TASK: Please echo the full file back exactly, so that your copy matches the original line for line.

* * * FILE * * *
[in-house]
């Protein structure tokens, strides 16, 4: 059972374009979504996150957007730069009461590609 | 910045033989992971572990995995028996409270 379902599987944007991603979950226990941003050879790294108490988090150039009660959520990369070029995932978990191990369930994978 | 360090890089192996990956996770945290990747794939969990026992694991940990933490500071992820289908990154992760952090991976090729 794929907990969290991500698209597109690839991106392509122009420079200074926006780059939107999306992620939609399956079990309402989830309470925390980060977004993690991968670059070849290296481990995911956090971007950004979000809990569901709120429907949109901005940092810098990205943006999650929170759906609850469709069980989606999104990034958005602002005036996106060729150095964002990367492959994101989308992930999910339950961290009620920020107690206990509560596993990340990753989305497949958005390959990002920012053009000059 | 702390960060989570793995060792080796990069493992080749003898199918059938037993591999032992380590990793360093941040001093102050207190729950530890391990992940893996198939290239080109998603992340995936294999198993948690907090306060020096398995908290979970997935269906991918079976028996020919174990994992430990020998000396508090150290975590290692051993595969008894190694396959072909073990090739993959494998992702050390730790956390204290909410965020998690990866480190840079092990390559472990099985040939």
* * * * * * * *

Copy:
[in-house]
């Protein structure tokens, strides 16, 4: 059972374009979504996150957007730069009461590609 | 910045033989992971572990995995028996409270 379902599987944007991603979950226990941003050879790294108490988090150039009660959520990369070029995932978990191990369930994978 | 360090890089192996990956996770945290990747794939969990026992694991940990933490500071992820289908990154992760952090991976090729 794929907990969290991500698209597109690839991106392509122009420079200074926006780059939107999306992620939609399956079990309402989830309470925390980060977004993690991968670059070849290296481990995911956090971007950004979000809990569901709120429907949109901005940092810098990205943006999650929170759906609850469709069980989606999104990034958005602002005036996106060729150095964002990367492959994101989308992930999910339950961290009620920020107690206990509560596993990340990753989305497949958005390959990002920012053009000059 | 702390960060989570793995060792080796990069493992080749003898199918059938037993591999032992380590990793360093941040001093102050207190729950530890391990992940893996198939290239080109998603992340995936294999198993948690907090306060020096398995908290979970997935269906991918079976028996020919174990994992430990020998000396508090150290975590290692051993595969008894190694396959072909073990090739993959494998992702050390730790956390204290909410965020998690990866480190840079092990390559472990099985040939």